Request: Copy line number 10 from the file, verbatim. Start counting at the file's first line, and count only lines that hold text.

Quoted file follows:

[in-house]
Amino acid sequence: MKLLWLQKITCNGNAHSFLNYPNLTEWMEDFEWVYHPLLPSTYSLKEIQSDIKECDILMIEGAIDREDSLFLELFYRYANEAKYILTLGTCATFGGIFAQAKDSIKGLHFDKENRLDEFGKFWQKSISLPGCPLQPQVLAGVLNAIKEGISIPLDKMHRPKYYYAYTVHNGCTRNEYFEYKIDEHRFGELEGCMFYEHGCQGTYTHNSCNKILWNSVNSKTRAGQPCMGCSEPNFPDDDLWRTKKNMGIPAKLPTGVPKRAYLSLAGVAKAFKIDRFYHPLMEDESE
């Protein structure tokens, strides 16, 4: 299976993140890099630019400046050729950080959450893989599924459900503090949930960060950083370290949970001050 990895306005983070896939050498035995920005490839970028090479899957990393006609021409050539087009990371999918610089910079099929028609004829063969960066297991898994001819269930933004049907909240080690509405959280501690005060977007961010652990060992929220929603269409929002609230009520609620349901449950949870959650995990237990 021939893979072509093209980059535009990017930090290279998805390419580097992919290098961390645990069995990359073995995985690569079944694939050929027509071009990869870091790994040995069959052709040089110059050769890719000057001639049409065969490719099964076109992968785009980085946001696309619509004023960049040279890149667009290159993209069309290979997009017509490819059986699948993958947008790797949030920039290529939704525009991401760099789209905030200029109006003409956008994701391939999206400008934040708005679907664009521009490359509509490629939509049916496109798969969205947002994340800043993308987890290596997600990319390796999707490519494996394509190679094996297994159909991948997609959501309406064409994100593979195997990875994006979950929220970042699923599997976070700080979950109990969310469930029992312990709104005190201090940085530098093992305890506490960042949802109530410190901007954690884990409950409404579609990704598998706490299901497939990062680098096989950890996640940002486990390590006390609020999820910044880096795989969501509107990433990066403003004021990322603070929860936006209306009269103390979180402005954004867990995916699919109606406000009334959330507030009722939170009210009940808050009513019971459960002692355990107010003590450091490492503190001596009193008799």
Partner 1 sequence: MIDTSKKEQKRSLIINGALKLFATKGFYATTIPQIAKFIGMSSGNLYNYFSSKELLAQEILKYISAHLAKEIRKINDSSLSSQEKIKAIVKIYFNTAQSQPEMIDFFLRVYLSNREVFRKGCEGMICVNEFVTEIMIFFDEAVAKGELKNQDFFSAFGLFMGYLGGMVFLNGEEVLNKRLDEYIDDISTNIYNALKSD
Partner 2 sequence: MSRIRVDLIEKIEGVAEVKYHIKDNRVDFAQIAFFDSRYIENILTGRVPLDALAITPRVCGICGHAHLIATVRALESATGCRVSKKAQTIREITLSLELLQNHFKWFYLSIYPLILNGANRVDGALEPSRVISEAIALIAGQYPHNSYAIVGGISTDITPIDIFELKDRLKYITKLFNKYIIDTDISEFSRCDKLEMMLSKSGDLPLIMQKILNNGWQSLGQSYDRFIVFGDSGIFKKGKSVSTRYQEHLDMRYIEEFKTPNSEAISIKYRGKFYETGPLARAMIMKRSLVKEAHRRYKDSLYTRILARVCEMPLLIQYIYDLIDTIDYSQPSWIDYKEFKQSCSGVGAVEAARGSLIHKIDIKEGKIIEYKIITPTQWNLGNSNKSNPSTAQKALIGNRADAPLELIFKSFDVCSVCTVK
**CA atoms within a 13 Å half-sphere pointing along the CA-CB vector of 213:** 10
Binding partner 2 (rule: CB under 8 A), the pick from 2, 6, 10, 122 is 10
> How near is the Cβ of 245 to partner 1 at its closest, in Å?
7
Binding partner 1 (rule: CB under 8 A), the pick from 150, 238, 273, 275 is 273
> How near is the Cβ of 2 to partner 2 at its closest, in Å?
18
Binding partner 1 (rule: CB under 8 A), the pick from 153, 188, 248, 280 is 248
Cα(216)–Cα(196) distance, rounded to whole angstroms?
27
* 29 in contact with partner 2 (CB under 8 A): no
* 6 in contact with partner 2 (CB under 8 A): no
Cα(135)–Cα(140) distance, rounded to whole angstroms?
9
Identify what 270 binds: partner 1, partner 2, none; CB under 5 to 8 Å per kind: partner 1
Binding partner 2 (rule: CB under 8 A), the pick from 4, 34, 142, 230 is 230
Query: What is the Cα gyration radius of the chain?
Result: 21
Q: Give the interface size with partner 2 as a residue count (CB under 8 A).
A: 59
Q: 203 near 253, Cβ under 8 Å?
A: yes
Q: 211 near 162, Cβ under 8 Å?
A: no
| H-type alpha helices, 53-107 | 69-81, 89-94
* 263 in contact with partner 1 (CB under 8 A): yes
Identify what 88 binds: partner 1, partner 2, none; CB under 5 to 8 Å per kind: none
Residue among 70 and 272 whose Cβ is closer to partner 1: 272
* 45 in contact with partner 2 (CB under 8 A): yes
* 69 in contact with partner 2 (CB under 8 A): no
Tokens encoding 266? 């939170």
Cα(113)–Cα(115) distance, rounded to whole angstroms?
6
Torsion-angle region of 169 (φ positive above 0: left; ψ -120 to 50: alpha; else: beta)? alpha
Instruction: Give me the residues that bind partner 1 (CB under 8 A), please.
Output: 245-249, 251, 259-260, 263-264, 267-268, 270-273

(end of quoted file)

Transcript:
Binding partner 1 (rule: CB under 8 A), the pick from 150, 238, 273, 275 is 273